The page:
Sunday, July 06, 2003

Sunday morning quote

From Richard Smith's essay in The Oxford American music issue, "Amazing Grace," on The Blind Boys of Alabama:
"Amazing Grace" is usually the celebration of a happy soul on salvation's shore; sung to the tune of "Rising Sun" it was transformed into the testimony of a human tossed up from sin and misery.

I realized in that moment why I am left cold by most religious music, especially "praise songs." I don't question the praise singers' faith or sincerity, but so many of their numbers are bouquets to God, thank-you notes to the Holy Spirit, infomercials for Heaven. The Blind Boys praise the Lord, yet bear burning witness to past trials. Praise singers celebrate their spiritual wealth; the Blind Boys want to get your soul out of debt. (p. 60)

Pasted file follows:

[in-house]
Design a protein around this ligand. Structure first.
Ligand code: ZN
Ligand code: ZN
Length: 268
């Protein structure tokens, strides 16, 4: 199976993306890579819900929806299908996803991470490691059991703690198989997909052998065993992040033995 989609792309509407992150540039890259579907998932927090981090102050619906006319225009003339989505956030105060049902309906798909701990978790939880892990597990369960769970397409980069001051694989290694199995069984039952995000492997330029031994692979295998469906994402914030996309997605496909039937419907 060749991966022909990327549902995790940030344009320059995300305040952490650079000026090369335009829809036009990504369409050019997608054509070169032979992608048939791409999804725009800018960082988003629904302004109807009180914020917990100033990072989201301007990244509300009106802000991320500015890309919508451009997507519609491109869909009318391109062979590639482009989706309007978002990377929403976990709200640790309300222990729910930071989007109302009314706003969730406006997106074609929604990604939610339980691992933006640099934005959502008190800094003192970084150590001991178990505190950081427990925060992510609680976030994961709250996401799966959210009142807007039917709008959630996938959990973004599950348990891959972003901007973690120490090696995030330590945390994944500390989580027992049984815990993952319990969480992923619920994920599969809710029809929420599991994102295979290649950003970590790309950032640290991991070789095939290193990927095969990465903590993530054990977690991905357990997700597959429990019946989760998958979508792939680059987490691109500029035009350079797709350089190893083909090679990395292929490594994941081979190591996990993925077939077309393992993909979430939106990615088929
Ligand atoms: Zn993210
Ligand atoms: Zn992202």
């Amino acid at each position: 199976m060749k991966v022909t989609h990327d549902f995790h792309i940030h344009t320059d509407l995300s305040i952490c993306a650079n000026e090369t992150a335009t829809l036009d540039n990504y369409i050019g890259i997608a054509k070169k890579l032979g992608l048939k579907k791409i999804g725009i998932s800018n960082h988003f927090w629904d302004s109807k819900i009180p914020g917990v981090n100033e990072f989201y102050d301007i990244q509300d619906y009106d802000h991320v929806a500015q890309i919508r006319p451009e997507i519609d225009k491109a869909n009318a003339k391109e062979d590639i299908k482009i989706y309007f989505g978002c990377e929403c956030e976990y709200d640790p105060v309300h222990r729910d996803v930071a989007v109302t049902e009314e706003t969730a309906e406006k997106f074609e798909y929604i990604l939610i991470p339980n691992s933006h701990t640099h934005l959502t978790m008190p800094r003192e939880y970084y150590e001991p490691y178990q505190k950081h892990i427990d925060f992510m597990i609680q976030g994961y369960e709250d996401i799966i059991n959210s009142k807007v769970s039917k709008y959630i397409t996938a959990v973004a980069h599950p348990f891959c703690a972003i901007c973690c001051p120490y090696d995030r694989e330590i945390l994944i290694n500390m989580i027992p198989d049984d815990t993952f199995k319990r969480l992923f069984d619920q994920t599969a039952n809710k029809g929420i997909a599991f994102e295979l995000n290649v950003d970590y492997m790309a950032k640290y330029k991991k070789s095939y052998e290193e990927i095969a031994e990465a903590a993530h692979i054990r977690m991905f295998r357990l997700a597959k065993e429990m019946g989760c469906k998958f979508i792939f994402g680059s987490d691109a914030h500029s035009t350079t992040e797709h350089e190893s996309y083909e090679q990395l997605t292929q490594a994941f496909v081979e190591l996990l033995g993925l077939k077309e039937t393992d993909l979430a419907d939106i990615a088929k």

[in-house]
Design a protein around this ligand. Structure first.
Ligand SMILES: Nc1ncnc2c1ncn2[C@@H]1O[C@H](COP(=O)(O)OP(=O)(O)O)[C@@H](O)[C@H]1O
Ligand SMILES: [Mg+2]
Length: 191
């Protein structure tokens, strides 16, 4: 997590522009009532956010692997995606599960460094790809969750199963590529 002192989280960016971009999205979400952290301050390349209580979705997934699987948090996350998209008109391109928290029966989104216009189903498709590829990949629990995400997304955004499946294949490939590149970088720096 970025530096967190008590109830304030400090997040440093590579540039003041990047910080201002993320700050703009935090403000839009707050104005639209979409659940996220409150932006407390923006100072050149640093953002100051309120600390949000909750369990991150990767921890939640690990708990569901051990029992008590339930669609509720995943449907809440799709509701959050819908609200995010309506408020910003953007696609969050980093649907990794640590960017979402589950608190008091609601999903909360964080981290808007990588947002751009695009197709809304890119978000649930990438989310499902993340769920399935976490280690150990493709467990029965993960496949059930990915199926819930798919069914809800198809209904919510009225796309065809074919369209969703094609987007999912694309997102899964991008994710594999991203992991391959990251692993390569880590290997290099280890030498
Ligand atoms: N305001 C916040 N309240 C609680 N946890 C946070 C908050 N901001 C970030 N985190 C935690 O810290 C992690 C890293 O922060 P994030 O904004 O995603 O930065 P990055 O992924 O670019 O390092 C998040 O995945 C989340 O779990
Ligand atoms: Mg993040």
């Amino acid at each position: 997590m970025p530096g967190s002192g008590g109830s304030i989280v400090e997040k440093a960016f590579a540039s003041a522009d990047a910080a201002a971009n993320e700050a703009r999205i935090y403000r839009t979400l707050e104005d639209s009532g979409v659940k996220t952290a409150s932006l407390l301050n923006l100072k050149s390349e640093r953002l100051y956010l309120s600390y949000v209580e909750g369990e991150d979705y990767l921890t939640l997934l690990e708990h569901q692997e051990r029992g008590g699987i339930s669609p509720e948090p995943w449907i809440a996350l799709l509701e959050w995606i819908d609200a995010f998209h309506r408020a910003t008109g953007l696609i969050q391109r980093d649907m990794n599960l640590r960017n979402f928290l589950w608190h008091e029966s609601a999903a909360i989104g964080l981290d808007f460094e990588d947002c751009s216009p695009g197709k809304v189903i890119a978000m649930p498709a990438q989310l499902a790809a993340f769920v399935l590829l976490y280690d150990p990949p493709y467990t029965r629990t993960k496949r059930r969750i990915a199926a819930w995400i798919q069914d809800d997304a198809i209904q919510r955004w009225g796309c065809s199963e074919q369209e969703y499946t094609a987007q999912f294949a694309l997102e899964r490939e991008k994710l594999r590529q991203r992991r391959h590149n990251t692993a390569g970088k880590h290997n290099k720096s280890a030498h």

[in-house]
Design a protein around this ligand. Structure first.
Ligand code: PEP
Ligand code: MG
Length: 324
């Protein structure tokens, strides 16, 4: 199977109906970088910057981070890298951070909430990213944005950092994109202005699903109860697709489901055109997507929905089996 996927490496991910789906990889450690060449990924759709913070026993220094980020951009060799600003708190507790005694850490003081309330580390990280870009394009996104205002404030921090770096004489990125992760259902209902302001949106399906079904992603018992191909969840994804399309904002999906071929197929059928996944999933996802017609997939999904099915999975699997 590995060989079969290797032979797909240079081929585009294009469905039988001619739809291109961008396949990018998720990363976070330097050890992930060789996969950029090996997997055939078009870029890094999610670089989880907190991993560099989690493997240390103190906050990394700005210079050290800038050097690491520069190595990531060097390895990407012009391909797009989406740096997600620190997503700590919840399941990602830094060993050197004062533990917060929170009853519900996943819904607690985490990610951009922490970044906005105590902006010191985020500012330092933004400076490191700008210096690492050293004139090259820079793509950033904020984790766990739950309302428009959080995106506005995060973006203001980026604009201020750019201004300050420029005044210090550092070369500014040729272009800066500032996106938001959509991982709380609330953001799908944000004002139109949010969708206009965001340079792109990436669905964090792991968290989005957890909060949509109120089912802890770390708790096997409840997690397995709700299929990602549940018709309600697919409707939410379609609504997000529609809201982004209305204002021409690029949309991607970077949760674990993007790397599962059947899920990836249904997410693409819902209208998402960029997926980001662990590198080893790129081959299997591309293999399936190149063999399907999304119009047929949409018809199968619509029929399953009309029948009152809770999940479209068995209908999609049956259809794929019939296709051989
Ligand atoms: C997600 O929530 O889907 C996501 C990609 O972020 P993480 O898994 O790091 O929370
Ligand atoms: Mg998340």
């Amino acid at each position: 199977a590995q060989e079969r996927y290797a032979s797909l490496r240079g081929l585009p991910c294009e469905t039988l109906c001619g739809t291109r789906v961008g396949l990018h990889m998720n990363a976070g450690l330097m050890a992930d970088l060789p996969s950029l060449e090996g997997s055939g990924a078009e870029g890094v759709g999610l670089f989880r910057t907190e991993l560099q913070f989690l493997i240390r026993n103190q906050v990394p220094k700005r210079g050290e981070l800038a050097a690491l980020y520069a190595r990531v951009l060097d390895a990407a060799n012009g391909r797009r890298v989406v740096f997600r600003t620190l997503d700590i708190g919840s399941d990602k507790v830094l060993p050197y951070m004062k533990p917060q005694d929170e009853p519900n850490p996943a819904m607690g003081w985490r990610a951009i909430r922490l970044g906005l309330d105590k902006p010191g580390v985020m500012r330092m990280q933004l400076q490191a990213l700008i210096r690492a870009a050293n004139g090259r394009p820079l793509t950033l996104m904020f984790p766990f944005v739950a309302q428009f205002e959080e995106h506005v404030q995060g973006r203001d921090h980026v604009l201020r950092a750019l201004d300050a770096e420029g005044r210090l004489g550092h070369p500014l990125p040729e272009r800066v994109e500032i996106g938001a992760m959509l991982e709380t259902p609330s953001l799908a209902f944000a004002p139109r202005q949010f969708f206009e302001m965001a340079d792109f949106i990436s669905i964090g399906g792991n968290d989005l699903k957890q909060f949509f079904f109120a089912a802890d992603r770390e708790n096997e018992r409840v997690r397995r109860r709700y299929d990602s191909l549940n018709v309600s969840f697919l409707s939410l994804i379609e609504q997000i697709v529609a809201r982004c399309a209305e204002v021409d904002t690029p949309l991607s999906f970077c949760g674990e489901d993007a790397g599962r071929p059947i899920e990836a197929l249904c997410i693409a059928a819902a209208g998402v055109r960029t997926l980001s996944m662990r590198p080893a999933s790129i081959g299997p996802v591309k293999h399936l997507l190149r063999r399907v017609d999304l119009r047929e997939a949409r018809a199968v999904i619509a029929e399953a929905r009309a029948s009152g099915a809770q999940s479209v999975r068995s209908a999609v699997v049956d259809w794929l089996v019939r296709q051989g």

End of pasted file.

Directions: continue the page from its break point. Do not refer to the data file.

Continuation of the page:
It has been noted that in African-American music traditions the verse beginning "Through many dangers, toils, and snares I have already come" is the highlight of the song, in fact the last verse, whereas in white churches the last, and most triumphant, verse is "When we've been there ten thousand years, Bright shining as the sun. . . ."

(I would disagree with Richard Smith that "I am left cold by most religious music." However, I do agree with his description of "praise songs.")

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